How modelers model: the overlooked social and human dimensions in model intercomparison studies

Fabrizio Albanito* (Corresponding Author), David McBey, Matthew Tom Harrison, Pete Smith, Fiona Ehrhardt, Gianni Bellocchi, Lorenzo Brilli, Marco Carozzi, Karen Christie, Jordi Doltra, Christopher D Dorich, Luca Doro, Peter Grace, Brian Grant, Joël Léonard, Mark Liebig, Cameron Ludemann, Raphaël Martin, Elizabeth Meier, Rachelle MeyerMassimiliano De Antoni Migliorati, Vasileios Myrgiotis, Sylvie Recous, Renáta Sándor, Val O. Snow, Jean François Soussana, Ward N Smith, Nuala Fitton

*Corresponding author for this work

Research output: Contribution to journalArticlepeer-review

Abstract

There is a growing realisation that the complexity of model ensemble studies depends not only the models used, but also on the experience and approach used by modellers to calibrate and validate results, which remain a source of uncertainty. Here, we applied a multi-criteria decision-making method to
investigate the rationale applied by modellers in a model ensemble study where twelve process-based different biogeochemical model types were compared across five successive calibration stages. The modellers shared a common level of agreement about the importance of the variables used to initialise their models for calibration. However, we found inconsistency among modellers when judging the importance of input variables across the different calibration stages. The level of subjective weighting attributed by modellers to calibration data decreased sequentially as the extent and number of variables provided increased. In this context, the perceived importance attributed to variables such as fertilisation rate, irrigation regime, soil texture, pH, and initial levels of soil organic carbon and nitrogen stocks were statistically different when classified according to model types. The importance attributed to input variables such as experimental duration, gross primary production, net ecosystem exchange, varied significantly according to the length of the modeller’s experience. We argue that the gradual access to input data across the five calibration stages negatively influenced the consistency of the interpretations made by the modellers, with cognitive bias in “trial-and-error” calibration routines. Our study highlights that overlooked human and social attributes is critical in the outcomes of modelling and model intercomparison studies. While complexity of the processes captured in the model algorithms and parameterisation are important, we contend that (1) the modeller’s assumptions on the extent to which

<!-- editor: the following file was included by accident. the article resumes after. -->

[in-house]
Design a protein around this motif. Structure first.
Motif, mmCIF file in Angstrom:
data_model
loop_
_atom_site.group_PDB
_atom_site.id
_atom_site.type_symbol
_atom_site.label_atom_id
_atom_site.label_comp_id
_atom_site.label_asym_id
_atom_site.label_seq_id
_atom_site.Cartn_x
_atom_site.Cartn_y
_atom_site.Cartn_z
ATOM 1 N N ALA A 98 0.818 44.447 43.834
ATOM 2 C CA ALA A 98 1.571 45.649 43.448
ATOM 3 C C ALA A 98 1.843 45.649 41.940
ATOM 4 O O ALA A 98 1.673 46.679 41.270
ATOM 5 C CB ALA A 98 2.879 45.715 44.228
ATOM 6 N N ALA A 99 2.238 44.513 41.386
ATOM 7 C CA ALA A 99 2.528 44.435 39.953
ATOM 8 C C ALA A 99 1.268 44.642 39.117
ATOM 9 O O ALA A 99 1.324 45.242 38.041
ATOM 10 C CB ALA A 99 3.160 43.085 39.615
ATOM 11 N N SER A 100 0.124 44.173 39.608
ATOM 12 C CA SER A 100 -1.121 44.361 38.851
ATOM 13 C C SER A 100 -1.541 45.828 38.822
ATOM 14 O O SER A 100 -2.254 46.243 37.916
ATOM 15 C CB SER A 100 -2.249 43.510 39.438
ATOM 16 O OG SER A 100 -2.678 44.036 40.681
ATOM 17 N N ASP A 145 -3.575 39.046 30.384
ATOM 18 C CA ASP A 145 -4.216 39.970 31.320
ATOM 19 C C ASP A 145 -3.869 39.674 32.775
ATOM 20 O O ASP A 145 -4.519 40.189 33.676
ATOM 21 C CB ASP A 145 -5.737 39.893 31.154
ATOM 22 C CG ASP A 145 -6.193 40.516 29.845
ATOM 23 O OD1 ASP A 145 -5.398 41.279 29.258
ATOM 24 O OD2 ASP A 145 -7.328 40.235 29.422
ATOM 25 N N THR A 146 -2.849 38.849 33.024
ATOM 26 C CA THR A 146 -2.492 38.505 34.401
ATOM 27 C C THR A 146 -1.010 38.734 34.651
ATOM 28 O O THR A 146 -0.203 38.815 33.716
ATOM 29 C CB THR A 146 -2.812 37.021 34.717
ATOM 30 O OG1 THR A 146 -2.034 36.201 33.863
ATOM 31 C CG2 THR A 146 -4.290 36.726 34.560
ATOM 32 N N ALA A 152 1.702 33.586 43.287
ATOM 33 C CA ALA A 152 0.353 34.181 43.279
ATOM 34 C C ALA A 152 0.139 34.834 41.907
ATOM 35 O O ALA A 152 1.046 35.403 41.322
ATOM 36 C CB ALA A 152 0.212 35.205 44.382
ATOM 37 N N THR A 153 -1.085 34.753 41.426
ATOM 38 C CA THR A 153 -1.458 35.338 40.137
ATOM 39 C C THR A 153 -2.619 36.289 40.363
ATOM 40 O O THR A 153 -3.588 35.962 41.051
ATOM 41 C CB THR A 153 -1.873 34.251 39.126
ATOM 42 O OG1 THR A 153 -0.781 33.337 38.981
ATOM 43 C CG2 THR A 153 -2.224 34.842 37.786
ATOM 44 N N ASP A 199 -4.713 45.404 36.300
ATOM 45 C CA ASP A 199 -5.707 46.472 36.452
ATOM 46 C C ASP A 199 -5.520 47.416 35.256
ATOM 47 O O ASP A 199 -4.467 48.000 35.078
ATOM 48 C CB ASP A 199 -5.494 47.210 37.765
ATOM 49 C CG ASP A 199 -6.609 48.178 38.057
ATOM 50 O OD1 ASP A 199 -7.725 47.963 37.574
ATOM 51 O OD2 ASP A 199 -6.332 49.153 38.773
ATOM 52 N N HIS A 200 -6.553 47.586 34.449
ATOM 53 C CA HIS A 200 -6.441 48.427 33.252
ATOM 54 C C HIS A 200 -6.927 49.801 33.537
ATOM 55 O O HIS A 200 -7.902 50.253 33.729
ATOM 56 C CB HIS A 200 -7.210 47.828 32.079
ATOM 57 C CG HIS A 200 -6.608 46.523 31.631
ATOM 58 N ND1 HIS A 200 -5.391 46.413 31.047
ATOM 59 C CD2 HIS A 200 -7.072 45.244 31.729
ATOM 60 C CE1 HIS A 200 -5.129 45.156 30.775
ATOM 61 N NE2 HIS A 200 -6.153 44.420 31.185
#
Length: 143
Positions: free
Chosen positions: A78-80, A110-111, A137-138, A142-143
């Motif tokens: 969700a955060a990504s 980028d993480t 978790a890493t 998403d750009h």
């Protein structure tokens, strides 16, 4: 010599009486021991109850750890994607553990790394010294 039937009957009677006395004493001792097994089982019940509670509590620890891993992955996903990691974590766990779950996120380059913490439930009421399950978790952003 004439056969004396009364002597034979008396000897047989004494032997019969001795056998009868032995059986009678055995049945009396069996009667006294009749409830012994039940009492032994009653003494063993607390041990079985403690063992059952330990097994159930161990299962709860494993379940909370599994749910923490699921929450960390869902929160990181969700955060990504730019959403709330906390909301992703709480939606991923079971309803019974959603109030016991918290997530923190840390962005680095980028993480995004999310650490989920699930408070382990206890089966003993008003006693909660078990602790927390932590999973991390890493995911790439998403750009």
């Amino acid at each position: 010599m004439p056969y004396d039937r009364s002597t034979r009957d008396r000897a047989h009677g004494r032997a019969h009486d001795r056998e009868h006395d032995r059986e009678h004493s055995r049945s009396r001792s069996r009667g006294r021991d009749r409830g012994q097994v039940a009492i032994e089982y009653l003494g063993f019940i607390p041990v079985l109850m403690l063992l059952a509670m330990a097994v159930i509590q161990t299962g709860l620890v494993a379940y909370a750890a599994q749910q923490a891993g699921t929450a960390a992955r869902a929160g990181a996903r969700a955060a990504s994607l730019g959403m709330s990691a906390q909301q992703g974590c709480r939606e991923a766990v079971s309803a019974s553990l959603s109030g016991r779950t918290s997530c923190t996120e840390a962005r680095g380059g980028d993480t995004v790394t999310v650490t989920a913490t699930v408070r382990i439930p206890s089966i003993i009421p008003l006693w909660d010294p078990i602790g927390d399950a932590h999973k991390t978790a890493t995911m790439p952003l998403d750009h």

parameters should be altered, and (2) modeller perceptions of the importance of model parameters, are just as critical in obtaining a quality model calibration as numerical or analytical details.
Original languageEnglish
Number of pages14
JournalEnvironmental Science & Technology
Early online date2 Sep 2022
DOIs
Publication statusE-pub ahead of print - 2 Sep 2022

Keywords

  • Model ensembles
  • biogeochemical models
  • multi-criteria decision making
  • modelclaibration
  • model intercomparison
  • climate change
  • greenhouse gases
  • soil carbon
  • AgMIP

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